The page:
849 Impact of Climate Model “Downscaling” on Projected Water Resources in Arid Basins, Two Case Studies from Arizona

Wednesday, 9 January 2019
Hall 4 (Phoenix Convention Center - West and North Buildings)
Eylon Shamir, Hydrologic Research Center, San Diego, CA; and E. Halper, T. Modrick, K. P. Georgakakos, H. I. Chang, T. Lahmers, and C. L. Castro

We assessed the projected impact of changes in precipitation patterns on the water resources of two arid basins in Arizona. The Upper Santa Cruz River basin is a binational watershed with intermittent flows that recharge groundwater reservoirs, which serve Nogales, Arizona. The Bill Williams River Basin uses Alamo Lake and Dam to regulate high flow events into Lake Havasu.

We focused on the effect of two types of “downscaling” methods. Downscaling is the process of translating Global Climate Model (GCM) projections with scales of 1 -2 degrees latitude and longitude to a spatial resolution suitable for basin scale hydrologic modeling (e.g. 25 km). We compared the effects of statistical downscaling, a method based on historical observations, to a physics-based method that uses a regional climate model (dynamical downscaling).

We analyzed simulations of three Global Climate Models (GCM) selected for their accurate representation of historic climatology and prevailing precipitation-bearing synoptic conditions in the southwest US. An analysis of both statistically and dynamically downscaled simulations for these GCMs showed a projected increase in the frequency of dry winters during the mid-21st century (2020-2059). For the summer precipitation, the GCMs were inconclusive and yielded contradicting precipitation projections.

To assess the impact of the projected changes in precipitation on the hydrologic cycle, we developed a modeling framework that includes the following components: 1) a weather generator that produces realizations of likely to occur hourly precipitation events; 2) a hydrologic model that simulates the streamflow and 3) a water resources model. For the USCR Basin, we used a groundwater reservoir to estimate recharge and water storage. For the Bill William River Basin, we used a lake model with the existing Army Corps of Engineers recommended operational rules to simulate the water levels and outflow from Alamo Lake.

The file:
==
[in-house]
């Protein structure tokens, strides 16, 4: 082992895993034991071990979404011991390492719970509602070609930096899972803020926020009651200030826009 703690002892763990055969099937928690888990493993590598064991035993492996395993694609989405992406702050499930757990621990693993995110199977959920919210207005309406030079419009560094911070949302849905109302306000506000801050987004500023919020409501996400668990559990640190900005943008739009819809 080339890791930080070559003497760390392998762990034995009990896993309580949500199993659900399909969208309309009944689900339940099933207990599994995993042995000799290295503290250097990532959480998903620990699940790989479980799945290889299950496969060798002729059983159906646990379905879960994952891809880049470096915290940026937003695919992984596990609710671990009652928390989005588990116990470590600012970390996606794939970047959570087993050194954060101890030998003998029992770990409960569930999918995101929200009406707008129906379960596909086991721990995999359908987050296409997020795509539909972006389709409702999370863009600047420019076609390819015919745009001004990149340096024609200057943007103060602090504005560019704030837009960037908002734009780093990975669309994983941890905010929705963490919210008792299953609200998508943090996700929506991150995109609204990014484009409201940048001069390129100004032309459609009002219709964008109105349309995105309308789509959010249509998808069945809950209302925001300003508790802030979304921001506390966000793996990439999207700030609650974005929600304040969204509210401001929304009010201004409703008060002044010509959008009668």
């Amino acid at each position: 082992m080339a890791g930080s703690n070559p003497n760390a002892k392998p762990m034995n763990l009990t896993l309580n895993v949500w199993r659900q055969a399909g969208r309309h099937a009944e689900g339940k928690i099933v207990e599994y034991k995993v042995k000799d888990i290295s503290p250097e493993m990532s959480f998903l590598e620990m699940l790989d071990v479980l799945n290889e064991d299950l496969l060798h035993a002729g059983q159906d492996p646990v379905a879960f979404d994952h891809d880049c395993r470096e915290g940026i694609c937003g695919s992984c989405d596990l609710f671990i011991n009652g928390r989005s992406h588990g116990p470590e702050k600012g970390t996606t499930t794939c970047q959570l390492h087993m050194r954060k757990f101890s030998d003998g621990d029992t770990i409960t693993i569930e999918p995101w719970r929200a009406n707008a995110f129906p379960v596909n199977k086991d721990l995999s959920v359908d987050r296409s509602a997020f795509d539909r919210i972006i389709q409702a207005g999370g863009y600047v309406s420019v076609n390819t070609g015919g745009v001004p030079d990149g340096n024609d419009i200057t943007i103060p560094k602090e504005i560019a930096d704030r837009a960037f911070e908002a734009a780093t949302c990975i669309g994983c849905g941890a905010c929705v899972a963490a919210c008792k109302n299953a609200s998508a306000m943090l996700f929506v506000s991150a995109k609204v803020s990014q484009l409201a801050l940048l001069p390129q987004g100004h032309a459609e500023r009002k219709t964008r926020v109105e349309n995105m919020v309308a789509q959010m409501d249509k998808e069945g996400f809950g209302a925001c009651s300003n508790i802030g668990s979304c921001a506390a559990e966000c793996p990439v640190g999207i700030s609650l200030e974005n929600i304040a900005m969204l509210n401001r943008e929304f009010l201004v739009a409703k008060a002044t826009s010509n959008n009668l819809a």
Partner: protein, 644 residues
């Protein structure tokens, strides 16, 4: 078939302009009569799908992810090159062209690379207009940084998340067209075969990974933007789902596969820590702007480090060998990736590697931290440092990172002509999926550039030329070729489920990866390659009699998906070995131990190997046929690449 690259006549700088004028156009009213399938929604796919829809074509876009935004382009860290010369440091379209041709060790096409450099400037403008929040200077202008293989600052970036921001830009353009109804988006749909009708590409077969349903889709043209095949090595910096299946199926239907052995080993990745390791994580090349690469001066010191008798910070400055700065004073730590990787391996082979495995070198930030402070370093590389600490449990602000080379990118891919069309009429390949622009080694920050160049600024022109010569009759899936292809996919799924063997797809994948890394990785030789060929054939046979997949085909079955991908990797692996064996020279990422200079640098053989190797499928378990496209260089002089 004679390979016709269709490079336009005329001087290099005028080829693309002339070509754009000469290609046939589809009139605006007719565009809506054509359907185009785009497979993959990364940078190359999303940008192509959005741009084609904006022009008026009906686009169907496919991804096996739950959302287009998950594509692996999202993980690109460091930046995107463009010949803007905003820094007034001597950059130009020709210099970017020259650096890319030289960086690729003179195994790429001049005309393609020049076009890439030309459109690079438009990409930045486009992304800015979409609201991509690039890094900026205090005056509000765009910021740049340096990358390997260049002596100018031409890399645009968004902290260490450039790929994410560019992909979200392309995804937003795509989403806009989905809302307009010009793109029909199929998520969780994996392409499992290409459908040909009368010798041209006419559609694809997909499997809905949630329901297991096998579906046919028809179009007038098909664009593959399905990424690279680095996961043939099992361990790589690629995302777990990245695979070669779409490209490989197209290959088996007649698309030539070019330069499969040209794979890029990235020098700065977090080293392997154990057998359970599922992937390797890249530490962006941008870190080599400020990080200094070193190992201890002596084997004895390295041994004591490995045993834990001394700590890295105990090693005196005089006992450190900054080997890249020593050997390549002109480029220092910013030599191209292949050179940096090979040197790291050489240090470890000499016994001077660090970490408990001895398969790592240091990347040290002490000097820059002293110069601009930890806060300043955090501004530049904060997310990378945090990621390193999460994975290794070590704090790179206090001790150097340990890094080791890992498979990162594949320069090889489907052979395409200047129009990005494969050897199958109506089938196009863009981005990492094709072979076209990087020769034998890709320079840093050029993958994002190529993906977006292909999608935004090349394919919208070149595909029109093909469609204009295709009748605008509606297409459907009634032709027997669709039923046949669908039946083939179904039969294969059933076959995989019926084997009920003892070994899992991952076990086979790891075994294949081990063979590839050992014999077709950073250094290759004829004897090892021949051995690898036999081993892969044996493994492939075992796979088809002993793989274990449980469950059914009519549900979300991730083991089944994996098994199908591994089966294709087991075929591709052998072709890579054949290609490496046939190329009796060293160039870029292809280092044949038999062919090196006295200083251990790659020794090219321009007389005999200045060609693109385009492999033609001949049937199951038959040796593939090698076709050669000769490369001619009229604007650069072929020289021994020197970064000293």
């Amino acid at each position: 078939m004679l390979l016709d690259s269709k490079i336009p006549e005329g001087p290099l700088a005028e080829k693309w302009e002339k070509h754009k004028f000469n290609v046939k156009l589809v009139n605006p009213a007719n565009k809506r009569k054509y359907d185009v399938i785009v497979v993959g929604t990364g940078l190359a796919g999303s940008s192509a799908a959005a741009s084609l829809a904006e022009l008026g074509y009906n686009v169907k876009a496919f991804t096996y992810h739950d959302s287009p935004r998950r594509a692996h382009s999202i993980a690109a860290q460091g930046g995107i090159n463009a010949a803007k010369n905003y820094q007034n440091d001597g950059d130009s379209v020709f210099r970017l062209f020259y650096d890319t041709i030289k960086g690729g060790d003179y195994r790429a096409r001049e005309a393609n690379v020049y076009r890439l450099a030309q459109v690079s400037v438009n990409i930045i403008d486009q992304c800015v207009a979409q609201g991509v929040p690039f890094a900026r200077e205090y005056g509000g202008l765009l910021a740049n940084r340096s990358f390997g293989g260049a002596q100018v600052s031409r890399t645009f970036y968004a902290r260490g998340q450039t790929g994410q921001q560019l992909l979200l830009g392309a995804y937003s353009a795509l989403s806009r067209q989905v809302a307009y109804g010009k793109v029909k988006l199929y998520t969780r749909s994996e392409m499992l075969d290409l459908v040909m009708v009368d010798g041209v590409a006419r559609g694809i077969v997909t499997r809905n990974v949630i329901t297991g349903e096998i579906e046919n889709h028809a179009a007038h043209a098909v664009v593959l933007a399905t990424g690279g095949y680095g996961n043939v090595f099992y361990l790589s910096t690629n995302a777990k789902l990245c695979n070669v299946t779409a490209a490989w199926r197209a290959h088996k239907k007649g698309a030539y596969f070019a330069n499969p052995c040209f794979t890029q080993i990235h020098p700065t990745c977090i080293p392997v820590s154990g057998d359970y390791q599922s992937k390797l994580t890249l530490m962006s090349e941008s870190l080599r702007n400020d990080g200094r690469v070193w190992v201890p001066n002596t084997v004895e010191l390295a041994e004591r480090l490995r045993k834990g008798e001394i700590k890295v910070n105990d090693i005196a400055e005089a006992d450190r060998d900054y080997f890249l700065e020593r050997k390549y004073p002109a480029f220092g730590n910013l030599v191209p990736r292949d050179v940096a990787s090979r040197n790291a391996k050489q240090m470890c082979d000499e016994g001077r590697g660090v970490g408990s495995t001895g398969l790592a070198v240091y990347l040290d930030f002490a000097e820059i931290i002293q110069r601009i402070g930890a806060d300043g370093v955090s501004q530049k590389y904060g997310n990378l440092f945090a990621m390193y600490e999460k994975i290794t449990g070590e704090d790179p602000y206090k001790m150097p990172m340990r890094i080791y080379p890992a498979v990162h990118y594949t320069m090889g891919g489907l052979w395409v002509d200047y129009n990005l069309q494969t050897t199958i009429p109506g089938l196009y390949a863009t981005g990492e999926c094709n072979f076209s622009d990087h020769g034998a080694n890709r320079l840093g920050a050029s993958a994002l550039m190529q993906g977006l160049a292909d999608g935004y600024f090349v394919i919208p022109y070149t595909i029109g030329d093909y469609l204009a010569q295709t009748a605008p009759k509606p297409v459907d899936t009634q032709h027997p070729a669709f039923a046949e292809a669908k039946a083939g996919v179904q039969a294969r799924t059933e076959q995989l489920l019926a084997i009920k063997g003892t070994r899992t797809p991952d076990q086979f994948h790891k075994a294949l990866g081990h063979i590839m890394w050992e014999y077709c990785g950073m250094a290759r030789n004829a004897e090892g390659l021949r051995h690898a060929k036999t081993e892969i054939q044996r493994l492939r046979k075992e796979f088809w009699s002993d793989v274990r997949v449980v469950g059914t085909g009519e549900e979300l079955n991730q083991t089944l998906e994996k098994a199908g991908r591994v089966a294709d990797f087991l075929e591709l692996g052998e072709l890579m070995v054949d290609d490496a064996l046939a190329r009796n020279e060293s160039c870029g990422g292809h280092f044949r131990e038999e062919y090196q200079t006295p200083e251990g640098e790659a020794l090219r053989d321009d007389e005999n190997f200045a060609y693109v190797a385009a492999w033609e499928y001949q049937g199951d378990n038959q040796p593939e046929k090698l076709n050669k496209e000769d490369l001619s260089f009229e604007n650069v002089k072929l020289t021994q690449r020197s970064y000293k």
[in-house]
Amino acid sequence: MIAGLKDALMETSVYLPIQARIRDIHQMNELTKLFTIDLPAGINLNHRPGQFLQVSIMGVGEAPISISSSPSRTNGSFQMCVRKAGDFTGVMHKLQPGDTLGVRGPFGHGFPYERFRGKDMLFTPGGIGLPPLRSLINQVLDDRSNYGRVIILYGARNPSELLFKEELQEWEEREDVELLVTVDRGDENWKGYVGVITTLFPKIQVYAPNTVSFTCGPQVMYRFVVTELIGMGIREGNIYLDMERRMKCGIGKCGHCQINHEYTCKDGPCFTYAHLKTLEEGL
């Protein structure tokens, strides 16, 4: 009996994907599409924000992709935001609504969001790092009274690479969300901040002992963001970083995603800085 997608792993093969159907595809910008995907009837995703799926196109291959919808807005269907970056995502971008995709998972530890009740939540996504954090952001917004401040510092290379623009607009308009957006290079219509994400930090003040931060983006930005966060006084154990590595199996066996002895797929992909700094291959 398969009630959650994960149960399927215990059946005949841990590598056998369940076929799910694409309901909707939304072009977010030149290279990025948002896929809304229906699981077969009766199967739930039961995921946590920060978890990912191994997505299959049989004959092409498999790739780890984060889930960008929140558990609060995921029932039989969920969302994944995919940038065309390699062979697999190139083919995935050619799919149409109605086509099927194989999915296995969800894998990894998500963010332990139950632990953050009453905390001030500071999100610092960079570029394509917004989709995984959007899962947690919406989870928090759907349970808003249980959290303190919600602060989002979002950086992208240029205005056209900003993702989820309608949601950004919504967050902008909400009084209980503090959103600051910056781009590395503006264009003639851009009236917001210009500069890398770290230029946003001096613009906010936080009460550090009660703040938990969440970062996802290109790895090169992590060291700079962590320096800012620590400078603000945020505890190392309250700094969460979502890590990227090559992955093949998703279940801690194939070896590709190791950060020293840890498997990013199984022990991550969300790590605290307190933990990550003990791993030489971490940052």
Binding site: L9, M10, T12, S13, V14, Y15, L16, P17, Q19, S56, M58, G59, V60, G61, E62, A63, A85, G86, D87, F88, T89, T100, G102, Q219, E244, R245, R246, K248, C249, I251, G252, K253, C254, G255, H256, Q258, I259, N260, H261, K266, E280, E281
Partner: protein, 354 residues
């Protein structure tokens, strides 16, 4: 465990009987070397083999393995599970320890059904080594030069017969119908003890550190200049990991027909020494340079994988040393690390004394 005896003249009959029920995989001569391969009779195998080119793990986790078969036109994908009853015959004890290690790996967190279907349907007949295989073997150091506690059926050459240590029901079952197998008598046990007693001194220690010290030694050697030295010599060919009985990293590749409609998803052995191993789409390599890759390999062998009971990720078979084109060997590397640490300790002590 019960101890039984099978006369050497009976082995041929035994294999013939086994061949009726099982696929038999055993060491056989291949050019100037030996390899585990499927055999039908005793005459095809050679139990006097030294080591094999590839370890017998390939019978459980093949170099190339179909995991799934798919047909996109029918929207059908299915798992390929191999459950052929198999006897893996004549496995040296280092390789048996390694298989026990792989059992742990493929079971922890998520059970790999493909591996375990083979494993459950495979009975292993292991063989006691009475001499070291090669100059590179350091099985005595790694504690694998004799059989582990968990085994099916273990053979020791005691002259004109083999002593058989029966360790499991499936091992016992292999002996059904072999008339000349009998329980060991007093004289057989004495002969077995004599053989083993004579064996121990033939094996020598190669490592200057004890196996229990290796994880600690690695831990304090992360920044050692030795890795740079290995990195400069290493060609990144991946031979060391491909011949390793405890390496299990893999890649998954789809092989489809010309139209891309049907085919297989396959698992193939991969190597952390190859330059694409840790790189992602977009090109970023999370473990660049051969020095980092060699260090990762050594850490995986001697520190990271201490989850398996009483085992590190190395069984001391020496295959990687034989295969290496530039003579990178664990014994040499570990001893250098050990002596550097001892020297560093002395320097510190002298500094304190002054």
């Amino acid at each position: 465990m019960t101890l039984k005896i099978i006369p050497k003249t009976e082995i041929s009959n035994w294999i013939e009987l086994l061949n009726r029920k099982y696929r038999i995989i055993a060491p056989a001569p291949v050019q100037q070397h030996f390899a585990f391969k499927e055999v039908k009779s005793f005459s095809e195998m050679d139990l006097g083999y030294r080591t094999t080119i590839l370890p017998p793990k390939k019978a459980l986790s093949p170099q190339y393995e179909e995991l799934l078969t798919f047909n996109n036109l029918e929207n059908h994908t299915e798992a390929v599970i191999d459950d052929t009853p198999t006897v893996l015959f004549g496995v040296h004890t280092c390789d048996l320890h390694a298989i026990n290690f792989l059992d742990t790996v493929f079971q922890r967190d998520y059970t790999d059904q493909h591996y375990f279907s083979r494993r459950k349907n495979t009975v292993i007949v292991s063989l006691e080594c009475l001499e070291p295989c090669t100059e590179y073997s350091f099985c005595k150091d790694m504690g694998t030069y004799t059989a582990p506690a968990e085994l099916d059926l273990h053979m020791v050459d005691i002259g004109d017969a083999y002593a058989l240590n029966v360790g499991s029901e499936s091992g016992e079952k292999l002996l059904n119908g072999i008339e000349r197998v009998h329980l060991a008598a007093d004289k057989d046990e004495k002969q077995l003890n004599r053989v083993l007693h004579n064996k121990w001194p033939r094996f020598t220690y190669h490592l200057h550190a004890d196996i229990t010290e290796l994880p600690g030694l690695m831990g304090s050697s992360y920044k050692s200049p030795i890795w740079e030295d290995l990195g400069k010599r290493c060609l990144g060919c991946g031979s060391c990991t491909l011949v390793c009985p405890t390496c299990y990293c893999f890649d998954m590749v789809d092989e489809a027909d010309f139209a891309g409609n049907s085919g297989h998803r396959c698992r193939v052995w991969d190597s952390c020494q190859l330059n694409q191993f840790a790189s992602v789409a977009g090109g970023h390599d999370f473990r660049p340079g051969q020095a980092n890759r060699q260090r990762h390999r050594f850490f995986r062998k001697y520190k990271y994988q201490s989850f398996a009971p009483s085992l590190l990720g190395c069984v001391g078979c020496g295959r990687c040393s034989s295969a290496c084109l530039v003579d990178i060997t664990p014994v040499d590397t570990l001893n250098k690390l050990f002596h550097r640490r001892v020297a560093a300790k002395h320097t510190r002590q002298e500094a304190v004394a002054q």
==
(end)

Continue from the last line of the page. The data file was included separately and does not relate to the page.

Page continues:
We assessed the projected future water deficit in the USCR Basin and the additional water storage and that is needed in order to ensure a reliable water supply in the region. We also examined the impact of the projected mid 21-century precipitation patterns on Alamo Lake on the frequency of large releases from the dam and low water level conditions.

For both case studies, the results from the dynamically downscaling procedure yield a larger range of impacts than those provided by statistical downscaling procedure. In addition to this larger variability, the dynamic downscaling simulations also showed increasing uncertainty by simulating contradicting trends among the selected climate projections for mid-21st Century.

- Indicates paper has been withdrawn from meeting
- Indicates an Award Winner